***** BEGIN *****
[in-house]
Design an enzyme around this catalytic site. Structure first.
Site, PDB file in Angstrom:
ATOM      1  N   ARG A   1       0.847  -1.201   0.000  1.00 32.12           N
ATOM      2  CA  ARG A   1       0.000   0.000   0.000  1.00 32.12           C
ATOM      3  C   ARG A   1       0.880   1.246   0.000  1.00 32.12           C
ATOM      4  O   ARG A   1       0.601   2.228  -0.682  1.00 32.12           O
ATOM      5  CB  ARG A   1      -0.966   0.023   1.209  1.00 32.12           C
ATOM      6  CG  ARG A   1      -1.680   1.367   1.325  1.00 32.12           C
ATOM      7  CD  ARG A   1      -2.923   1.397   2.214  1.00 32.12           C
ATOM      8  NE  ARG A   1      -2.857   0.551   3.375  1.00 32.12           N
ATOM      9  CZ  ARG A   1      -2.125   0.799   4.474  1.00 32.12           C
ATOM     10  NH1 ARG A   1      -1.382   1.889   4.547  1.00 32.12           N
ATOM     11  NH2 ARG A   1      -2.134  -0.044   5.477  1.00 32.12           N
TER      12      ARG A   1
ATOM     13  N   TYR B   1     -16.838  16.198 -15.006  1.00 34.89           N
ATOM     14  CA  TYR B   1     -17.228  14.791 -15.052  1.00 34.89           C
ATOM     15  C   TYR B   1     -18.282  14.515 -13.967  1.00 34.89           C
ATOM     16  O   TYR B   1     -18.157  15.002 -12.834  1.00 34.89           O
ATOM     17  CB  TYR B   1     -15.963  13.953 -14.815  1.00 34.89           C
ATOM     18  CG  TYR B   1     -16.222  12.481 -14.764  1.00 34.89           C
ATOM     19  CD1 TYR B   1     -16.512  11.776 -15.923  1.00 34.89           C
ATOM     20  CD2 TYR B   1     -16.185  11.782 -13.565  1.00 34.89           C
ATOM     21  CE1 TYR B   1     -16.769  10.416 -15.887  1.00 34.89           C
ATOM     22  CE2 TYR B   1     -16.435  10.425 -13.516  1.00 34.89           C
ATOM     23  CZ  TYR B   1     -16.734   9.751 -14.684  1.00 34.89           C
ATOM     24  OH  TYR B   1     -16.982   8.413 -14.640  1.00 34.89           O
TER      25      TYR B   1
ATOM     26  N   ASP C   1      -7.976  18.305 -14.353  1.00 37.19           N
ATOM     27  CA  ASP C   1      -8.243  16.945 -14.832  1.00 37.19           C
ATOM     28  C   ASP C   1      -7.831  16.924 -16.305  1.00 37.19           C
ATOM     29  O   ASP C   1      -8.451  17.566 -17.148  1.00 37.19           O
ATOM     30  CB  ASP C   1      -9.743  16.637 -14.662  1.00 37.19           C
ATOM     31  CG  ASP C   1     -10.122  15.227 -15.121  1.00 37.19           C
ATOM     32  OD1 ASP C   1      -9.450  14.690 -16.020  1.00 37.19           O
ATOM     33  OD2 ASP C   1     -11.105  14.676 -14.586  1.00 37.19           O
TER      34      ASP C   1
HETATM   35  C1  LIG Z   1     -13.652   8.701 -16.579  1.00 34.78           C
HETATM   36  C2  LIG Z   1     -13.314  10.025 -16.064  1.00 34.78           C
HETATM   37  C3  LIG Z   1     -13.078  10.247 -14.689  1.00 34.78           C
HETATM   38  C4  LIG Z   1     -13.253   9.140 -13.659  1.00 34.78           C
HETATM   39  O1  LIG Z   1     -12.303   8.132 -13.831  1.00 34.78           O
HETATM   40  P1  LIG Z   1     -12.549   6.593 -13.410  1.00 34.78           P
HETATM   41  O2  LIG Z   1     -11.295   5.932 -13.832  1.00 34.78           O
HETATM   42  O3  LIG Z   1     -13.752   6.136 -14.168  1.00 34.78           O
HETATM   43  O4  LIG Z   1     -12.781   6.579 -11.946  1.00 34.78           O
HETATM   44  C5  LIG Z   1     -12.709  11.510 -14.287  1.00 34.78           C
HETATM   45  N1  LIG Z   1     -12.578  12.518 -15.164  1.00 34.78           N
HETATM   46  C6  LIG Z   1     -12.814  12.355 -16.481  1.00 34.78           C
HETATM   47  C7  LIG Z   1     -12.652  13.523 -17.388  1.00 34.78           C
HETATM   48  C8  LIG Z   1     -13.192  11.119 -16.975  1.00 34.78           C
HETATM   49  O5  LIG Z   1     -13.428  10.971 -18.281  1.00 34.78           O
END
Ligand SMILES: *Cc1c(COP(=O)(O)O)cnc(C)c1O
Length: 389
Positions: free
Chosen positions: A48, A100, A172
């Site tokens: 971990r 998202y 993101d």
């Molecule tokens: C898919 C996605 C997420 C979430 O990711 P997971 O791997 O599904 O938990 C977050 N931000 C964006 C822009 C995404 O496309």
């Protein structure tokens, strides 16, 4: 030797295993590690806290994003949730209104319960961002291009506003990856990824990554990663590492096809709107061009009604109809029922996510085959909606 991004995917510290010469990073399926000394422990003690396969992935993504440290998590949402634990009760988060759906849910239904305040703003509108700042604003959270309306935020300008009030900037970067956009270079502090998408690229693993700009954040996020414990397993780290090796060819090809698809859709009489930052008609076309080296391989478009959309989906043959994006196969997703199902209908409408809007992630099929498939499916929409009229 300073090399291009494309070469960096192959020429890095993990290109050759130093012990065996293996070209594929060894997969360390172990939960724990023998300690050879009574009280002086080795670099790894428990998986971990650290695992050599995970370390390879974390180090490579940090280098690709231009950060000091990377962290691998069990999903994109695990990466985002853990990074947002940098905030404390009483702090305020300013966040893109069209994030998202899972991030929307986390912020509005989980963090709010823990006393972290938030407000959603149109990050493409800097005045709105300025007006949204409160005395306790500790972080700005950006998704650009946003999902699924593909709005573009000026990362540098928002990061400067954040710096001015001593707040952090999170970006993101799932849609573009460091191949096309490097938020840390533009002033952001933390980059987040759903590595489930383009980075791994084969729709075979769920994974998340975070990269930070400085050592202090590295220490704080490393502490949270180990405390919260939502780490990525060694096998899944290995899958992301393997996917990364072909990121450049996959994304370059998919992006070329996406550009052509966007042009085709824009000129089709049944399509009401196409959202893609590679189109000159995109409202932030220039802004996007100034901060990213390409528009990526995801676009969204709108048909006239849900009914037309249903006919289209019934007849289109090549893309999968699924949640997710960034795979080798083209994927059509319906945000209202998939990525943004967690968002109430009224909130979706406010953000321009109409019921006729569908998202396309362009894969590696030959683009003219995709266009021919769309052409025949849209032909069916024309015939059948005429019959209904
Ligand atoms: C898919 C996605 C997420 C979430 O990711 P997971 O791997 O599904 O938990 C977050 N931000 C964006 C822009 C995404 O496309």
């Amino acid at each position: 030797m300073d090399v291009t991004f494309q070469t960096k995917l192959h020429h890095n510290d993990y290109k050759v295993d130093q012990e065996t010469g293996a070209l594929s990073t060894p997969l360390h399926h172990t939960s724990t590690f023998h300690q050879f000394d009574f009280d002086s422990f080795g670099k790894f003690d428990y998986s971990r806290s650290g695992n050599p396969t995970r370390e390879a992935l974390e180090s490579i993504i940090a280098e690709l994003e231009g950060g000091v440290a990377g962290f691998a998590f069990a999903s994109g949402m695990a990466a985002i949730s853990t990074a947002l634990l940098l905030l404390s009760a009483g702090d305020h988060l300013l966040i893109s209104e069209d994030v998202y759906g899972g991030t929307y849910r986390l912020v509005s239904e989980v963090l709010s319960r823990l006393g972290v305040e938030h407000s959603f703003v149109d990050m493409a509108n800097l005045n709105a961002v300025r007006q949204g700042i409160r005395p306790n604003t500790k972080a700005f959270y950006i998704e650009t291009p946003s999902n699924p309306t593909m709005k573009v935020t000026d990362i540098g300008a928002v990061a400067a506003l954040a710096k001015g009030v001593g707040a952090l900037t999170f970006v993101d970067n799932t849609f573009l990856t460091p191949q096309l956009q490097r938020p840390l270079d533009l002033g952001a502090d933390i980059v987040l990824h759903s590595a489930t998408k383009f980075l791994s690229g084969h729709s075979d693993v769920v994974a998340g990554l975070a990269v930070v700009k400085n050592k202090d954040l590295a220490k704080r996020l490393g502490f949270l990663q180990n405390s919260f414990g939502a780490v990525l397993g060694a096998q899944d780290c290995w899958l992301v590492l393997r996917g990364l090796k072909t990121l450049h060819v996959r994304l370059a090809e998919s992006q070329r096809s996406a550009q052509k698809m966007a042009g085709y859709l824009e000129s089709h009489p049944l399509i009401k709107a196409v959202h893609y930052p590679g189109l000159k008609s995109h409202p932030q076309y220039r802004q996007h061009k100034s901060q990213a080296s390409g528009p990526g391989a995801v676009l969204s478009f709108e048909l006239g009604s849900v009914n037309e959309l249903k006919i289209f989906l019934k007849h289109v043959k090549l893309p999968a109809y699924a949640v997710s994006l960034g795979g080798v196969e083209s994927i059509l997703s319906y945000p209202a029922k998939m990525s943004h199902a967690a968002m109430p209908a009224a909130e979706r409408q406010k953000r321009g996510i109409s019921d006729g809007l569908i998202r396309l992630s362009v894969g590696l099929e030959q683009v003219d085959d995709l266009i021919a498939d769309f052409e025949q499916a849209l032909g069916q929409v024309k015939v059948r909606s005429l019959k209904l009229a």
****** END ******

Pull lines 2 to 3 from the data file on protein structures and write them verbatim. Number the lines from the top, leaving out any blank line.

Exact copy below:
Design an enzyme around this catalytic site. Structure first.
Site, PDB file in Angstrom: